Thursday, April 7, 2011

From the Depressing to the Surreal: Another Day in Pension Reform

Is California ready to accept meaningful public pension reform? Judging by two pieces we read today, maybe not.

The first of these comes from Ed Mendel's blog, and weighs the merits of San Diego's switch to defined-contribution pensions. And by "weighs", we mean "dismisses". After letting us know that no one else in the state is proposing or recommending 401(k)-only public pensions, we're treated to this careful explanation of the risks:
Critics of a stand-alone 401(k) plan say employees tend to make poor investment choices and have plans that charge high management fees. The critics say the 401(k) was originally intended to be a supplement to a pension, not a replacement.

When there is an economic downturn or stock market crash, the 401(k) plan investments of employees nearing retirement have little time to recover. A study earlier this year found that household heads age 60 to 62 with 401(k)s have less than a quarter of what is needed in retirement.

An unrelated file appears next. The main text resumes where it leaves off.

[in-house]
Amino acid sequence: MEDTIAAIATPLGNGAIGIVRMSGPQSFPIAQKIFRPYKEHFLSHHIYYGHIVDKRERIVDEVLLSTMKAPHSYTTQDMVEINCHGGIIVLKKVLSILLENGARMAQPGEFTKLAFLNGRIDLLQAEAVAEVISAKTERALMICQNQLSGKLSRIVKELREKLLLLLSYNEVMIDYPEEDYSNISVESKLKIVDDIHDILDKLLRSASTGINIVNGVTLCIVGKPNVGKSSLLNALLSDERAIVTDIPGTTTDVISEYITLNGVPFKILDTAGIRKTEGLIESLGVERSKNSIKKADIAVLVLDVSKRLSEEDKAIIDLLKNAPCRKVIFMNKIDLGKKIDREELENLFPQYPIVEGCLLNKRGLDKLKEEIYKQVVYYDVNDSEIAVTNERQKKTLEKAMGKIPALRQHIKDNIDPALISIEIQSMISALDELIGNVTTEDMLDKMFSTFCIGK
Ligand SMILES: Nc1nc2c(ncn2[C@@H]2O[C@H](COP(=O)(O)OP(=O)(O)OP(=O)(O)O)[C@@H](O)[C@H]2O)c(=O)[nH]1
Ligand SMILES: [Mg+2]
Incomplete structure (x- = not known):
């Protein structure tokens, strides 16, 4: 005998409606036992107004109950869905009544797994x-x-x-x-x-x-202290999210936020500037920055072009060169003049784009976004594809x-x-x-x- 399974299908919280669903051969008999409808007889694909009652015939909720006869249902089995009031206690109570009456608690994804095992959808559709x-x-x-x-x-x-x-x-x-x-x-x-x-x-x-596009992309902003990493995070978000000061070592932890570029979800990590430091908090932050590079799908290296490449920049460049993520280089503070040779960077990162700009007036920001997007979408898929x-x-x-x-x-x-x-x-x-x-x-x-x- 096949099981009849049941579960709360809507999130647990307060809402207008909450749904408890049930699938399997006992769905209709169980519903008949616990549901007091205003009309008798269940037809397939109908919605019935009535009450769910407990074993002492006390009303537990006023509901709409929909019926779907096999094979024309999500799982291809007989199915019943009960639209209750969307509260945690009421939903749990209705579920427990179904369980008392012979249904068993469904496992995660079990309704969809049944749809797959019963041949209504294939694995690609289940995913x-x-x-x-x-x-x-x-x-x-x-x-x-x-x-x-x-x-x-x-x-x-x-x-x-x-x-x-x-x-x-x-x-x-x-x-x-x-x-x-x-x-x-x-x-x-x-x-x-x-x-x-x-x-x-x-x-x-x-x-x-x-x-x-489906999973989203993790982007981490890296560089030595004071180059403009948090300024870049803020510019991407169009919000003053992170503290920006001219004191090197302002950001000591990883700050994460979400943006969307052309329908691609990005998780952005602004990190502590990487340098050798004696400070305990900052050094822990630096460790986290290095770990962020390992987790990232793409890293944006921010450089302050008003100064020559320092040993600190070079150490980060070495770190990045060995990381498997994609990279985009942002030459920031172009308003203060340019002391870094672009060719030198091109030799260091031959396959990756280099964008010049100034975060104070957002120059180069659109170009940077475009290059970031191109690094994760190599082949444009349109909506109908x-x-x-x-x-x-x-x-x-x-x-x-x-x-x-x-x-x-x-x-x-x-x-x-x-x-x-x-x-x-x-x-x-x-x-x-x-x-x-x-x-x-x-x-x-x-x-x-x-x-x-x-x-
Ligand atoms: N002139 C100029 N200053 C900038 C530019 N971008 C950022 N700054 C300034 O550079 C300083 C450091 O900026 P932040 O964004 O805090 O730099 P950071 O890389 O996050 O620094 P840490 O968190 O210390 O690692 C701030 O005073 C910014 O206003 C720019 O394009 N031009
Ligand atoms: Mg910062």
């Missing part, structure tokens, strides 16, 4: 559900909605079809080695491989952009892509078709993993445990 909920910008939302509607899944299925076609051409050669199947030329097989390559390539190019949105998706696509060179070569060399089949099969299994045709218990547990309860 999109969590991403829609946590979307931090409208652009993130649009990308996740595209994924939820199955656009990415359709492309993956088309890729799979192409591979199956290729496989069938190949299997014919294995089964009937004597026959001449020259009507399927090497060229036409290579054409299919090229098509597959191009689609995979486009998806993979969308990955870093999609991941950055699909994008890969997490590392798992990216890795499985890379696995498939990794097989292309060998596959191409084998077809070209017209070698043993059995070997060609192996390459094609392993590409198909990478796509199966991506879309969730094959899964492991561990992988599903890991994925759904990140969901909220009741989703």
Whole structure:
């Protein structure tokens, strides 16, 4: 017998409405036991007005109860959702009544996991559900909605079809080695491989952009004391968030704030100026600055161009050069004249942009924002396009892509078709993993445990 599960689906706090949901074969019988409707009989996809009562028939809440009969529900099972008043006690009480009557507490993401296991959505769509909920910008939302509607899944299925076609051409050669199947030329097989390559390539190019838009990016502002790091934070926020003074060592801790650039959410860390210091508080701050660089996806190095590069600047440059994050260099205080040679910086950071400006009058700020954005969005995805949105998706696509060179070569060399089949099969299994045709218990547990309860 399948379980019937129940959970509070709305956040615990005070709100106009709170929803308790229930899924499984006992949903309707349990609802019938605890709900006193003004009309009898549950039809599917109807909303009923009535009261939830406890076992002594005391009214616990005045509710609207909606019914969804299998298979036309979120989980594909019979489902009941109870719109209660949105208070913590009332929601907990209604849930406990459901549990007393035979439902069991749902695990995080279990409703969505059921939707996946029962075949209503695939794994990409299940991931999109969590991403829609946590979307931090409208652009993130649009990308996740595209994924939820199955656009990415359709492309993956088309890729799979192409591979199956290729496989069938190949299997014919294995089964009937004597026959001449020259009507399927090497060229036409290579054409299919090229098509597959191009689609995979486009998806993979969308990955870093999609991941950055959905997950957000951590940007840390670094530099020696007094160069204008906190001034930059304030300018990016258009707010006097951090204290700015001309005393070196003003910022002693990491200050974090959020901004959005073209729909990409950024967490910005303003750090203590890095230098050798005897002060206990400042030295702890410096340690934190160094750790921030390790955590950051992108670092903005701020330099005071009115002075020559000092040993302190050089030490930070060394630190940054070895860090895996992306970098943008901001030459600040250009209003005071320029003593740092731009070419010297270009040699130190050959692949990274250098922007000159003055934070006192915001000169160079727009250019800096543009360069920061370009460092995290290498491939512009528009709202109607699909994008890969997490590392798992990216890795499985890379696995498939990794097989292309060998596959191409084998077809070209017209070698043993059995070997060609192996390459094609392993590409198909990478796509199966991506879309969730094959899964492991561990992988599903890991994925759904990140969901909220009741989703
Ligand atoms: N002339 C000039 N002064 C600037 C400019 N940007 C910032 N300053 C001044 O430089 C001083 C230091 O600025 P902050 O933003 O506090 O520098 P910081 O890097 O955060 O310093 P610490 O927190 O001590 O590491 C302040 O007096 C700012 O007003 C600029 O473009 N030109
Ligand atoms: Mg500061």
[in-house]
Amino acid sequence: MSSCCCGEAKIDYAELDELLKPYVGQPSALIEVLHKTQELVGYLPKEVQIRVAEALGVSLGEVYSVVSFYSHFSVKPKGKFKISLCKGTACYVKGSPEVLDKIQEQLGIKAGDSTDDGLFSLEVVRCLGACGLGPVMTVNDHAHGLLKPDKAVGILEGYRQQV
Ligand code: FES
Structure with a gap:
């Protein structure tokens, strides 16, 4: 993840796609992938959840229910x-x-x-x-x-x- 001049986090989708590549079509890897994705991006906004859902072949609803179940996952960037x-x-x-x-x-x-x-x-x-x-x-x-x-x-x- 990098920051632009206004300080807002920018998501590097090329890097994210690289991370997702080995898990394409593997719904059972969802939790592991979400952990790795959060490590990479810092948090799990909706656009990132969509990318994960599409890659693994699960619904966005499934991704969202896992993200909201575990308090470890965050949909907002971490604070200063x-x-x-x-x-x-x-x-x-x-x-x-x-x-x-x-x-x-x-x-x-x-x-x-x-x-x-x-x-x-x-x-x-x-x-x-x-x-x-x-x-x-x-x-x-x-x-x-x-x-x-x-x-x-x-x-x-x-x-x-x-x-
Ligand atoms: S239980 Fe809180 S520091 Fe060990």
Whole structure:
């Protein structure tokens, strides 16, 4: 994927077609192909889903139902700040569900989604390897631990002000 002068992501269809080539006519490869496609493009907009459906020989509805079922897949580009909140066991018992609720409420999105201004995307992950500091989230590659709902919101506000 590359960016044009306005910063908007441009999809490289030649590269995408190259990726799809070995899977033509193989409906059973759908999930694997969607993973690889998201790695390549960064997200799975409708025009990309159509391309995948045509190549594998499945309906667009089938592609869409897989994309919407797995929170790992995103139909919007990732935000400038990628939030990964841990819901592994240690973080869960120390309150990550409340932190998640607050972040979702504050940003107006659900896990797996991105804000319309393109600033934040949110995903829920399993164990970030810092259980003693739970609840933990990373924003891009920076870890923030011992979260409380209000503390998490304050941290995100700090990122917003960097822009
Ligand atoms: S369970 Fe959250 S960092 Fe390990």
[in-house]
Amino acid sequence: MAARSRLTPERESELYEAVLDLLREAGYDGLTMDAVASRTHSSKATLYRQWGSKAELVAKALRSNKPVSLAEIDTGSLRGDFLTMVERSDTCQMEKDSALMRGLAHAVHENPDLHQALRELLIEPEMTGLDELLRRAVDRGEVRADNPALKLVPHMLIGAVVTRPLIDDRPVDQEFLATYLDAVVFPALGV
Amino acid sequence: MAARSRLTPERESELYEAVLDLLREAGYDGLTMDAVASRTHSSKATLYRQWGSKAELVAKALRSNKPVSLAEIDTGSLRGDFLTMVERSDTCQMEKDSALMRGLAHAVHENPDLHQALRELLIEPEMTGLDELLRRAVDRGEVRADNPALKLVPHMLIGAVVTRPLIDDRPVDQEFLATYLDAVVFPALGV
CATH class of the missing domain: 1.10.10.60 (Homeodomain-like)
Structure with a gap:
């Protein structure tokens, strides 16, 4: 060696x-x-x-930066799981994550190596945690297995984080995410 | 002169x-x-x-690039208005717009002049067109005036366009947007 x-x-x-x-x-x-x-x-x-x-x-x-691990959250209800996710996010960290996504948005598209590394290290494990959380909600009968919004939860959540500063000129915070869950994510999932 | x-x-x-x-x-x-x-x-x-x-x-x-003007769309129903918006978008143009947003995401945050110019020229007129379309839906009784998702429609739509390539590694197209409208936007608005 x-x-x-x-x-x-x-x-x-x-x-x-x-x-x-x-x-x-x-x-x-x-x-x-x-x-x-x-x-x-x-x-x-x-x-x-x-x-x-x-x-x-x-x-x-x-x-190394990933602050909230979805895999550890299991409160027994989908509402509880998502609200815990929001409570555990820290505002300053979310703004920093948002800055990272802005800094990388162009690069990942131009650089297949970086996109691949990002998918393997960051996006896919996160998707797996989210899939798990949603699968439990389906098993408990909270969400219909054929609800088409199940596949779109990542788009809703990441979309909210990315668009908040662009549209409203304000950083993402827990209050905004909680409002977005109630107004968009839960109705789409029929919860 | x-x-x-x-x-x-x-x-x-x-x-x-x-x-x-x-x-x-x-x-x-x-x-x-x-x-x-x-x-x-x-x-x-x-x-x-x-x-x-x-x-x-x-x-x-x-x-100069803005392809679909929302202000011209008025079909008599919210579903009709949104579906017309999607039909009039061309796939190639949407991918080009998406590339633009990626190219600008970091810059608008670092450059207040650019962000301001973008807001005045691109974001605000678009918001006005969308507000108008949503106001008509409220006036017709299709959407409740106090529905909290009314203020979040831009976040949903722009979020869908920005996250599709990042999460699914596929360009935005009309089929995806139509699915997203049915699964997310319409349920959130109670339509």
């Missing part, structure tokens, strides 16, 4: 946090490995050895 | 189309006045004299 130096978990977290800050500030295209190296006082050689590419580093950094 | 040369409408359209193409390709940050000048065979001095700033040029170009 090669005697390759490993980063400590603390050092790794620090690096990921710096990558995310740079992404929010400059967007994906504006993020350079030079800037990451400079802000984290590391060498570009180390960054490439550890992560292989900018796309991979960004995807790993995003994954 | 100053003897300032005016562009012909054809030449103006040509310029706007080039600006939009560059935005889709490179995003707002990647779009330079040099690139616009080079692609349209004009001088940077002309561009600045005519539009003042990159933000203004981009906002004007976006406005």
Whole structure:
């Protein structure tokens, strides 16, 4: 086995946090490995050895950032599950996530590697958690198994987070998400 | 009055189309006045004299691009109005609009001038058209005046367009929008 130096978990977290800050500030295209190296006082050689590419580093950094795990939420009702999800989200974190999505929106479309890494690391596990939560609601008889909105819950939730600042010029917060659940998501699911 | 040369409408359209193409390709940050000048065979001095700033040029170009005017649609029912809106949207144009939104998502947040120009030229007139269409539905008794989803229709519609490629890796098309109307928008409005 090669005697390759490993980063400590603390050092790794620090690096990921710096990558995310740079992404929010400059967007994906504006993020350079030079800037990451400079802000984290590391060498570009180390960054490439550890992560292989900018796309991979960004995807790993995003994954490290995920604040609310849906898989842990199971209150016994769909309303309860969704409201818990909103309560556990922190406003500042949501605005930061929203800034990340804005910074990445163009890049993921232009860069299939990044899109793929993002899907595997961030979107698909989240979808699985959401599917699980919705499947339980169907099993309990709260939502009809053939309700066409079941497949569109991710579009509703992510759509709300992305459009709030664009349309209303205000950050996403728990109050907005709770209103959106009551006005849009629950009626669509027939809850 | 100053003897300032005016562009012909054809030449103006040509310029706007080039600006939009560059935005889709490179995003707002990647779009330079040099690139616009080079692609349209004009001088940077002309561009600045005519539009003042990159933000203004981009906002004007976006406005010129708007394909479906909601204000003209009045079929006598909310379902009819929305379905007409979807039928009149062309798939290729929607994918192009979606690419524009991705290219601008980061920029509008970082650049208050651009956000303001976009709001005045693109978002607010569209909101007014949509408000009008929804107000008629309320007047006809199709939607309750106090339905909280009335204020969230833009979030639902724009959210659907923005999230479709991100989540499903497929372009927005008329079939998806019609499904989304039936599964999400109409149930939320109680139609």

Good work, Ed. We can't let people make their own decisions about their retirement savings because they're too dumb to do it right. Best leave it to the experts. And what's the worst thing that could come from continuing to guarantee benefits? We mean, other than the state being bankrupted by the costs of borrowing to fund benefits during a recession, and the workers losing their pensions outright as part of the bankruptcy process, what's the worst that could happen?

That piece was followed by this strange bit of conspiracy-mongering from California Watch. Apparently, an unidentified out-of-state foundation is bankrolling the efforts of Californians for Fiscal Responsibility, which has been very active in pushing pension reform here. We know what you're thinking (KOCHTOPUS!!!), but that's the problem: no one really knows for sure who's behind this "foundation". But rather than engage in any kind of, you know, journalism, and try to find out more, Chase Davis merely tells us that some sort of pro-reform conspiracy is afoot. We give this effort a big thumbs-down, Chase; you need to watch some Glenn Beck. If you want to get people behind a conspiracy theory, it can't be this vague. We need a storyline. Like this: George Soros is funding CFP to provoke Code Pink and the AFL-CIO into starting a class war, which will lead Obama to get into a new Middle East war that destabilizes the region, making it easier for the Carlyle Group and the Illuminati to sneak into Tunisia and steal the Ark of the Covenant. Okay, that's not very good. But you get the idea.


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